Adobe Creative Suite 3

July 17th, 2007 Software, Tech, The West Australian

The introduction of Adobe Creative Suite 3 is the culmination of a story that began back in the late 90s. Every graphic designer worth his salt used previous industry standard Quark Xpress along with Adobe’s imaging applications, Photoshop and InDesign.

Adobe introduced InDesign in 1999 to compete with Quark Xpress, soon leaving the bloated, overpriced market leader in the dust. And following its 2006 purchase of Macromedia, Adobe now has every major print and web design application under one roof.

CS3 Design premium is just one of six different CS3 versions to choose from depending on whether you’re a designer for print, online, filmmaking or all three, but it’s the core application set you’ll need if you’re in a typical print design environment doing rudimentary web development.

It comes with the latest versions of InDesign, Illustrator, Photoshop, Dreamweaver, Flash and Acrobat, as well as the constantly evolving utilities such as Bridge, Version Cue and Stock Photo.

Deleting all the old Creative Suite versions and installing CS3 took a little over ninety minutes and put 3Gb more data on our disc.

The first change you’ll notice is that once again, Adobe has standardised as much as it could. InDesign, Illustrator and Photoshop now have the same palette layout and many of the same commands across the whole suite, and one wonders how long it will be before one super-application does everything as their functions evolve and overlaps further.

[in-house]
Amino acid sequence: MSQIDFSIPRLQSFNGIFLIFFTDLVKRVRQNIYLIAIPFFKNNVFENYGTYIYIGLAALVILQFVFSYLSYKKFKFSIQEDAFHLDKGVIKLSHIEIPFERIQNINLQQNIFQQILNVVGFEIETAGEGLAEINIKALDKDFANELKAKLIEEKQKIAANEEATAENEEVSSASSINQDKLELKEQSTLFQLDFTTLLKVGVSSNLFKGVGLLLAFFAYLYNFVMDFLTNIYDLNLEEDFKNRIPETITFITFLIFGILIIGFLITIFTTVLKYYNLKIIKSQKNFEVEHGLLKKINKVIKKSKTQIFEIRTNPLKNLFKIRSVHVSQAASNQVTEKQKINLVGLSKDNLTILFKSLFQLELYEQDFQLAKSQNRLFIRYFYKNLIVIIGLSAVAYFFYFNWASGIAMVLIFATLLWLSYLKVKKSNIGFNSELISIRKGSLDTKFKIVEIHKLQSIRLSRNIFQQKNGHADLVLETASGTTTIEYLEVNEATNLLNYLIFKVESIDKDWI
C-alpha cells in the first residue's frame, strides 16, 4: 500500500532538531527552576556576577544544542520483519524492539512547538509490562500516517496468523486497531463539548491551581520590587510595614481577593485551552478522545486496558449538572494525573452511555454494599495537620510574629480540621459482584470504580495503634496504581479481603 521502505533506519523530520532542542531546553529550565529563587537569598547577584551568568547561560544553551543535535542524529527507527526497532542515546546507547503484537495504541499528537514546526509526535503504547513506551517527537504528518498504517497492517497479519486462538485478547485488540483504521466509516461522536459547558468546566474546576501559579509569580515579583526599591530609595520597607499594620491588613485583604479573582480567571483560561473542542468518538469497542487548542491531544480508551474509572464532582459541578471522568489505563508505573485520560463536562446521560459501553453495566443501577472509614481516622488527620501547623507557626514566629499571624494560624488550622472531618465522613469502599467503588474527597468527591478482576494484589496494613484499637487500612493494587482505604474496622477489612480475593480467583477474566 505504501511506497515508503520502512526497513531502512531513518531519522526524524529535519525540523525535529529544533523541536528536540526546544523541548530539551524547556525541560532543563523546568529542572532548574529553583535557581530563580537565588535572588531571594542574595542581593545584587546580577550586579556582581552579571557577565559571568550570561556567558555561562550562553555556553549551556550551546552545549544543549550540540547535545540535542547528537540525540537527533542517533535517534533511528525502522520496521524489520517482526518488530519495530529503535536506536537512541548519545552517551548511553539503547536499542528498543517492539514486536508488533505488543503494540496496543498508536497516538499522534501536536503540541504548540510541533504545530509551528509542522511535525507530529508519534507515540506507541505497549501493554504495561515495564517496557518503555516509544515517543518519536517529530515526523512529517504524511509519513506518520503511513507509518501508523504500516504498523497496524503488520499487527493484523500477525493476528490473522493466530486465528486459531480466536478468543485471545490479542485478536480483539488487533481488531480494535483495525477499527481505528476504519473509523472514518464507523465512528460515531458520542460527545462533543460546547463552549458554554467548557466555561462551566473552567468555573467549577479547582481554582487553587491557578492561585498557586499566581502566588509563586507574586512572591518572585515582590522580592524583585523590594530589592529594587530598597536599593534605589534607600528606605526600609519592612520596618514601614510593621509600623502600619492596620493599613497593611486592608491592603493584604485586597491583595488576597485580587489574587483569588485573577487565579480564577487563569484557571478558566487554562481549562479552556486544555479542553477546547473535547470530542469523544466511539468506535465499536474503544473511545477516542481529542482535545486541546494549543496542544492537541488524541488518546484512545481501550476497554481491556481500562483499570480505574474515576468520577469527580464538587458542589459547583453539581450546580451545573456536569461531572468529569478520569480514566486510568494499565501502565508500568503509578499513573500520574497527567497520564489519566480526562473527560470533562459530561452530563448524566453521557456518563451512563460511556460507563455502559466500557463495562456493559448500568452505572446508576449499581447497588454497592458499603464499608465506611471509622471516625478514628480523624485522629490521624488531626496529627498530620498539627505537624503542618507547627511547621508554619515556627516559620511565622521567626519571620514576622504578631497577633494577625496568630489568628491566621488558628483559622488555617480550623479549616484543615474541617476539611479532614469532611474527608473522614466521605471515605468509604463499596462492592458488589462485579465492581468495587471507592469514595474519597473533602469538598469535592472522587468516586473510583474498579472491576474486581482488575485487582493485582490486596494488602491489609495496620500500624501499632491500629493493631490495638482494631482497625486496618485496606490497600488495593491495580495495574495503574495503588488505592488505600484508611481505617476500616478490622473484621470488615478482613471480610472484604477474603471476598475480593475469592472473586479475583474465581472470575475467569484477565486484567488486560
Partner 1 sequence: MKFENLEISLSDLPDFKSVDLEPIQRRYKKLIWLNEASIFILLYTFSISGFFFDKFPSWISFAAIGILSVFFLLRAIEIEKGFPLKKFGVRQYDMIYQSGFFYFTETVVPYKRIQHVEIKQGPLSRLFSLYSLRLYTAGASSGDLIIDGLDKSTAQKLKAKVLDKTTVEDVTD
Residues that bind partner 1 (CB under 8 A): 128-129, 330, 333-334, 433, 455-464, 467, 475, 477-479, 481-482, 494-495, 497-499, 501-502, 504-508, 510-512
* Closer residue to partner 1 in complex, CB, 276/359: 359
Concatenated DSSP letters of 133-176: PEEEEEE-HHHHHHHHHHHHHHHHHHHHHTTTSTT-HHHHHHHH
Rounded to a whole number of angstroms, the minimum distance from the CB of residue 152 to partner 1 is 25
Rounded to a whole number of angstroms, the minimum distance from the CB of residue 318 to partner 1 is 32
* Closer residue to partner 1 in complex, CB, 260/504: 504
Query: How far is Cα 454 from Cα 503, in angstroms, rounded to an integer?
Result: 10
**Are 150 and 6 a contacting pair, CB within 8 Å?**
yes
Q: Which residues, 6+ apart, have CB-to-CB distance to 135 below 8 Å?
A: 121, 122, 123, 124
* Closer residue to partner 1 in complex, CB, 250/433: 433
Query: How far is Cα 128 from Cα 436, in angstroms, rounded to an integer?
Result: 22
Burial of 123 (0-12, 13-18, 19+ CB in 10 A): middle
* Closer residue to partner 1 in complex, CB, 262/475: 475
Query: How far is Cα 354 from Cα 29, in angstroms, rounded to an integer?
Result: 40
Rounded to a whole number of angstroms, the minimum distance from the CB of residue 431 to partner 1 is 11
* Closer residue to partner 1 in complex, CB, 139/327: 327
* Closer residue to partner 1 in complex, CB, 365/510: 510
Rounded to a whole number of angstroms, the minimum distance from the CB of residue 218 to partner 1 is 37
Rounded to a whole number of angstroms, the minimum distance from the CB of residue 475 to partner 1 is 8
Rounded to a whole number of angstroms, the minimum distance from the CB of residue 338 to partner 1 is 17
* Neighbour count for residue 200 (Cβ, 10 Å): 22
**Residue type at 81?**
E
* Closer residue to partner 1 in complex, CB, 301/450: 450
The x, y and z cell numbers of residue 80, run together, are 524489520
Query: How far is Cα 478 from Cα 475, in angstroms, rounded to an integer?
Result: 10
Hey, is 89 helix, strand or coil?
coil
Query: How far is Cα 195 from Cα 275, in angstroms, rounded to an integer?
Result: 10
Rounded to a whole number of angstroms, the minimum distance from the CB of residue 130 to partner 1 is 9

When Macromedia and Adobe were separate there were plenty of double ups, and their merger has given Adobe (and us) the luxury of trimming duplications. Gone is the web development program GoLive — which never came close to the quality of Dreamweaver. Photoshop has lost Imageready, the applet that’s bee replaced with the animation palette Photoshop now shares with Flash, and CS3 Print Premium doesn’t have web graphics tool Fireworks, all of whose functions are adequately covered by Photoshop.

Aside from cosmetic streamlining, nothing sweeping has changed inside each application, and the only real improvement that makes Creative Suite 3 worth buying is the fact that everything now comes in the one box. Even if you’ve never come to rely on or use tools like Bridge or Version Cue, the entire suite offers an ease of workflow two separate packages could never manage before.

It also comes right on time for the impending growth in mobile content now serious and affordable 3G is being taken up across Australia, with the tools necessary to design online content for multiple platforms, not just websites on computers. Several applications hare a shortcut to preview your design on a large number of current model mobile devices, a classic example of Adobe being ahead the curve as always.

For the first time coming on one installer DVD, Adobe CS3 is big in every sense of the word. Gone are the individual idents, logo and personalities like eyes, butterflies and feathers, and while it’s exciting enough that every application you need to set up your own studio now comes in a single box, they all work more than comfortably together.


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